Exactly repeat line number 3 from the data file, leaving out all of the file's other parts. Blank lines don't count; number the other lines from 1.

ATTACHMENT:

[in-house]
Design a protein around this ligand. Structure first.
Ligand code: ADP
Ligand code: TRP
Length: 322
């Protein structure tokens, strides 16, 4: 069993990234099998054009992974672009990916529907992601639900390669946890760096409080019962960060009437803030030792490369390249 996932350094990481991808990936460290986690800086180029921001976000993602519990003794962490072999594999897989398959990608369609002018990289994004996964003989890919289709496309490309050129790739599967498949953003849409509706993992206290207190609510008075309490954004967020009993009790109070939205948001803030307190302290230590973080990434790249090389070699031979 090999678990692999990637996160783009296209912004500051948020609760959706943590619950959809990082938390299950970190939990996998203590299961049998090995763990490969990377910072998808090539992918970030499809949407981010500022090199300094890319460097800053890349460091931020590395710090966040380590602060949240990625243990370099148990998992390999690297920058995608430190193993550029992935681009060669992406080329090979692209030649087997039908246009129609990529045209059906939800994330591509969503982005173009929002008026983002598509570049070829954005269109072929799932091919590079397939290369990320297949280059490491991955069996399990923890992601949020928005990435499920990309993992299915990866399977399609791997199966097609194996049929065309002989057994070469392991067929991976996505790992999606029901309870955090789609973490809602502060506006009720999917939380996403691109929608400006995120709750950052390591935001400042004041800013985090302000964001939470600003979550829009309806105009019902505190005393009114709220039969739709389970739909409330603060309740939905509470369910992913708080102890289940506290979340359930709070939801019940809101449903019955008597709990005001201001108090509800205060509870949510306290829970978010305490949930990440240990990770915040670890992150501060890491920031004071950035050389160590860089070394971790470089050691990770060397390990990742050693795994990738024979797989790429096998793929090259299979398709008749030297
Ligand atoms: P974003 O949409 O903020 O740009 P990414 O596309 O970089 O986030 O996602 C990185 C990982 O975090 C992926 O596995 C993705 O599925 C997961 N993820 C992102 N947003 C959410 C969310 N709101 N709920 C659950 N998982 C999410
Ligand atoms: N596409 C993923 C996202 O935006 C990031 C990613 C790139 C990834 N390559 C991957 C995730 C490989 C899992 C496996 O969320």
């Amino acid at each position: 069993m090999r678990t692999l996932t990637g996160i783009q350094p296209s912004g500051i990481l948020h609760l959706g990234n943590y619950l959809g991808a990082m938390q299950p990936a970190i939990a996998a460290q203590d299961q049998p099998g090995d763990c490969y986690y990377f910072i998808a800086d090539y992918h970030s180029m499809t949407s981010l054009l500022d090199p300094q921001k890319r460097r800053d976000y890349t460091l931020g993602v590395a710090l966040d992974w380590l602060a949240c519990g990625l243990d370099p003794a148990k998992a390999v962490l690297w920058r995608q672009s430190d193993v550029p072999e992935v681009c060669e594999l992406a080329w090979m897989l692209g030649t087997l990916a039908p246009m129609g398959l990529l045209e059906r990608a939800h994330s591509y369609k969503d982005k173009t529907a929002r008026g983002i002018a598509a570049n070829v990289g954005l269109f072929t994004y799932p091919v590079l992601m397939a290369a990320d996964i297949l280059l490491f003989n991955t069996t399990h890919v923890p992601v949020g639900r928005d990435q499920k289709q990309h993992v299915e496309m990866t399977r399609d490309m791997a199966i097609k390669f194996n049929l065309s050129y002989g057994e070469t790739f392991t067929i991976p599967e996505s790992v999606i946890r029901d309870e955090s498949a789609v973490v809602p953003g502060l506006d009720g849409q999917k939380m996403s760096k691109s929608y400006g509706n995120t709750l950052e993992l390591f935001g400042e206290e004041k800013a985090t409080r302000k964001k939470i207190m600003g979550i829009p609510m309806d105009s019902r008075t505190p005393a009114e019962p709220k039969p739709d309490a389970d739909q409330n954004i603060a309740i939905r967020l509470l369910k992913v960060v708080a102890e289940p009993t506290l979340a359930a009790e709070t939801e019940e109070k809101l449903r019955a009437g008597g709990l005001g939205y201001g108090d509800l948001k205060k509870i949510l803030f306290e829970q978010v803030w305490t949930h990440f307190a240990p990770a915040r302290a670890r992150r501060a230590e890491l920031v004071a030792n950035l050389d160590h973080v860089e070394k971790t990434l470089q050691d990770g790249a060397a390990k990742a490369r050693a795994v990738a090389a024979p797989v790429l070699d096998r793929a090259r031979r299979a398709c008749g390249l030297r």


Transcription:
Ligand code: ADP